Sun-Times Editorial Writer Gets BRT, Even If Its Transpo Reporter Doesn’t

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Sun-Times reporter Rosalind Rossi interviewing BRT opponents. Photo: John Greenfield

After running a not-as-terrible-as-expected piece on Ashland BRT earlier this week, Sun-Times transportation reporter Rosalind Rossi regressed with her write-up of Tuesday night’s info session hosted by the Chicago Grand Neighbors Association, titled “Backers of Ashland bus rapid transit plan object to left-turn ban.” First of all, Streetsblog contributor Lindsay Bayley tells me that she was the only BRT advocate at the meeting who even brought up the possibility of allowing some additional left turns by motorists, so “backers” is inaccurate. Secondly, Bayley says she was simply suggesting the city consider adding a signal phase at some intersections where drivers in the right lane would be permitted to make a left while the center-running buses have a red, although this would slow the buses.

“I know that [the CTA has to] severely limit left turns,” Bayley told me afterwards. “I’m not opposed to that. It just seems like the left turns that they have allotted are only at highways and maybe they could throw in one or two on local intersections with something creative like a “hook” turn… I’m just throwing ideas out there to see if we can address some of the major concerns [from Ashland corridor residents].”

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The Q & A session at Tuesday's BRT meeting. Photo: Kristen Maddox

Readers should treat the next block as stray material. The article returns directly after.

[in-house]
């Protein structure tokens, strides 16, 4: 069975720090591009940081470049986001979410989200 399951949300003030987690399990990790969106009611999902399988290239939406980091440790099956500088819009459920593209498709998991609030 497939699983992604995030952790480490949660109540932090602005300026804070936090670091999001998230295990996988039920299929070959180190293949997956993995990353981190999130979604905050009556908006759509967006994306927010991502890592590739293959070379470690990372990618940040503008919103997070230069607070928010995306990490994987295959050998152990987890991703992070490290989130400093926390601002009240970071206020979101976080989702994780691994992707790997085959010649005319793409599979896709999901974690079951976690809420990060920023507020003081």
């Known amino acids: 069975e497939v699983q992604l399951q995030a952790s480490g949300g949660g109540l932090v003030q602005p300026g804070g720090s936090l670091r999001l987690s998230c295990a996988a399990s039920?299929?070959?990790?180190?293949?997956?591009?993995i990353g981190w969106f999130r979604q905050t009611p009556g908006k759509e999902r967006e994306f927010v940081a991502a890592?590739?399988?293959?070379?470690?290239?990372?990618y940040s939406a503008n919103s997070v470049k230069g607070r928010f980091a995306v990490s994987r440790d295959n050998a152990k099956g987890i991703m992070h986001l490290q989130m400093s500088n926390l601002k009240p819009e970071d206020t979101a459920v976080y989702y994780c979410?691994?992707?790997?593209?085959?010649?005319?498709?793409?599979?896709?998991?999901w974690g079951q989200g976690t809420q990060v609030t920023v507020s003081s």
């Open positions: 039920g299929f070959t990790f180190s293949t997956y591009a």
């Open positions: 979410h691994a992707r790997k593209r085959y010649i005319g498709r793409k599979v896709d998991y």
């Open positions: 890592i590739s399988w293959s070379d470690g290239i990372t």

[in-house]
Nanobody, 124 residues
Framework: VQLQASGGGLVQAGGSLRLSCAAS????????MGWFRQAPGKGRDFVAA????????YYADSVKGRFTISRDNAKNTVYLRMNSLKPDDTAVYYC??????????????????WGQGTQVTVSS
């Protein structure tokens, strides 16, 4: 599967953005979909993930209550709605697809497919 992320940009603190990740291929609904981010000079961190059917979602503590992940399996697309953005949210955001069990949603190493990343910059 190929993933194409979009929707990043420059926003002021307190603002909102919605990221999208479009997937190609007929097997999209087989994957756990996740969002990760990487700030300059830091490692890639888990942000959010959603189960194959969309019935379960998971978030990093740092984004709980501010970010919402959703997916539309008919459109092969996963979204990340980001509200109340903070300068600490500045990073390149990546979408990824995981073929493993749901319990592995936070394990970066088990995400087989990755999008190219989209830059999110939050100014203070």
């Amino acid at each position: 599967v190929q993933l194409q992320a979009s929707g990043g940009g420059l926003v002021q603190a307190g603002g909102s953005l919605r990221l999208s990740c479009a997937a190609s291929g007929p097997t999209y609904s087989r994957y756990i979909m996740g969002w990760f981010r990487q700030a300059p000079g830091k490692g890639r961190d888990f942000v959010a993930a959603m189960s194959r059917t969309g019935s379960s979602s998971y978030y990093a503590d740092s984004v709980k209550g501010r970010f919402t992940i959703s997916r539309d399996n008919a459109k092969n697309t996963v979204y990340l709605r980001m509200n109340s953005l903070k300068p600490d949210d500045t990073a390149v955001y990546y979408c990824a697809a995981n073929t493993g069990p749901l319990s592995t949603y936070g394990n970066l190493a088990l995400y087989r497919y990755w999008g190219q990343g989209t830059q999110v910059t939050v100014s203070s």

But Rossi’s article begins, “Even some supporters of a plan to put dedicated bus lanes in the center of Ashland Avenue joined opponents Tuesday night in criticizing a ban on almost all left turns on such a major street.” Essentially, she misunderstood a quote and turned it into the major theme of her story, implying that the CTA plan is so radical that even sustainable transportation advocates have misgivings about it.

In fairness, DNAInfo reporter Alisa Hauser, whose transportation articles are generally far more accurate and balanced than Rossi’s, made a similar error in her otherwise solid meeting writeup. “Even supporters of the plan, such as Noble Square resident Lindsay Bayley, questioned the ban on left turns,” she wrote. After I shared Bayley’s explanation with Hauser, the DNA post was edited accordingly. It goes to show, it pays to keep your comments simple when you’re speaking in front of reporters.

Coming on the heels of Rossi’s tone-deaf writeup, today’s Sun-Times editorial on BRT was surprisingly well researched and written. It’s a guarded endorsement of the CTA’s plan, acknowledging that fast, efficient transit is what’s needed to keep Chicago moving forward, even if it means taking away space from cars.

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CTA rendering of typical layout of BRT stations on Ashland.